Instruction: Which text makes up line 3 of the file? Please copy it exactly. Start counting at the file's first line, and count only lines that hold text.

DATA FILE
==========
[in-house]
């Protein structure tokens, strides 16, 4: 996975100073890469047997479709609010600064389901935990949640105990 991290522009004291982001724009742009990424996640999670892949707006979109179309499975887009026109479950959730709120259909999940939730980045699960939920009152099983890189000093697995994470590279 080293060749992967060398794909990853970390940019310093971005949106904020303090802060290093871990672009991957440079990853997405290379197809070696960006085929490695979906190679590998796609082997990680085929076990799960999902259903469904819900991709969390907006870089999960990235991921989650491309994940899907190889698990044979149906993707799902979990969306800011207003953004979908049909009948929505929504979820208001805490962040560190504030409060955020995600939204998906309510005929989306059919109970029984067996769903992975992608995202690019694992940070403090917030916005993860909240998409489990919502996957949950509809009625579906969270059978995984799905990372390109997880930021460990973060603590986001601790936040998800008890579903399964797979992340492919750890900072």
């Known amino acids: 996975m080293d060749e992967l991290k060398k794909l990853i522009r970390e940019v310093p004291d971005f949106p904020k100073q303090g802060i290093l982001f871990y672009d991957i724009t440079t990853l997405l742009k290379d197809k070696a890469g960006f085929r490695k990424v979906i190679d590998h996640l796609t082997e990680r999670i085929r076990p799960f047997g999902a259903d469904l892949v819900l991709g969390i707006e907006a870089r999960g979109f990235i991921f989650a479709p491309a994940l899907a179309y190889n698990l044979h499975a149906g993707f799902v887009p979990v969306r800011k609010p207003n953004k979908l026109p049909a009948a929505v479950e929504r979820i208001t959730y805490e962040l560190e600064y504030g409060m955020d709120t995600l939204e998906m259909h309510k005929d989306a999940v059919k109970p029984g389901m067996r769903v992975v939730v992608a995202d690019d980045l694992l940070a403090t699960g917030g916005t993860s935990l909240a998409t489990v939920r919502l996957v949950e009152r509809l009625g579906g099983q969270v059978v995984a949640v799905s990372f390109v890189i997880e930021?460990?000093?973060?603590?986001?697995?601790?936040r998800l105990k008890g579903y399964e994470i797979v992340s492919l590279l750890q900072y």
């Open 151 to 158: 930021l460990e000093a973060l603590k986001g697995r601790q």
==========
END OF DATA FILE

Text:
């Known amino acids: 996975m080293d060749e992967l991290k060398k794909l990853i522009r970390e940019v310093p004291d971005f949106p904020k100073q303090g802060i290093l982001f871990y672009d991957i724009t440079t990853l997405l742009k290379d197809k070696a890469g960006f085929r490695k990424v979906i190679d590998h996640l796609t082997e990680r999670i085929r076990p799960f047997g999902a259903d469904l892949v819900l991709g969390i707006e907006a870089r999960g979109f990235i991921f989650a479709p491309a994940l899907a179309y190889n698990l044979h499975a149906g993707f799902v887009p979990v969306r800011k609010p207003n953004k979908l026109p049909a009948a929505v479950e929504r979820i208001t959730y805490e962040l560190e600064y504030g409060m955020d709120t995600l939204e998906m259909h309510k005929d989306a999940v059919k109970p029984g389901m067996r769903v992975v939730v992608a995202d690019d980045l694992l940070a403090t699960g917030g916005t993860s935990l909240a998409t489990v939920r919502l996957v949950e009152r509809l009625g579906g099983q969270v059978v995984a949640v799905s990372f390109v890189i997880e930021?460990?000093?973060?603590?986001?697995?601790?936040r998800l105990k008890g579903y399964e994470i797979v992340s492919l590279l750890q900072y």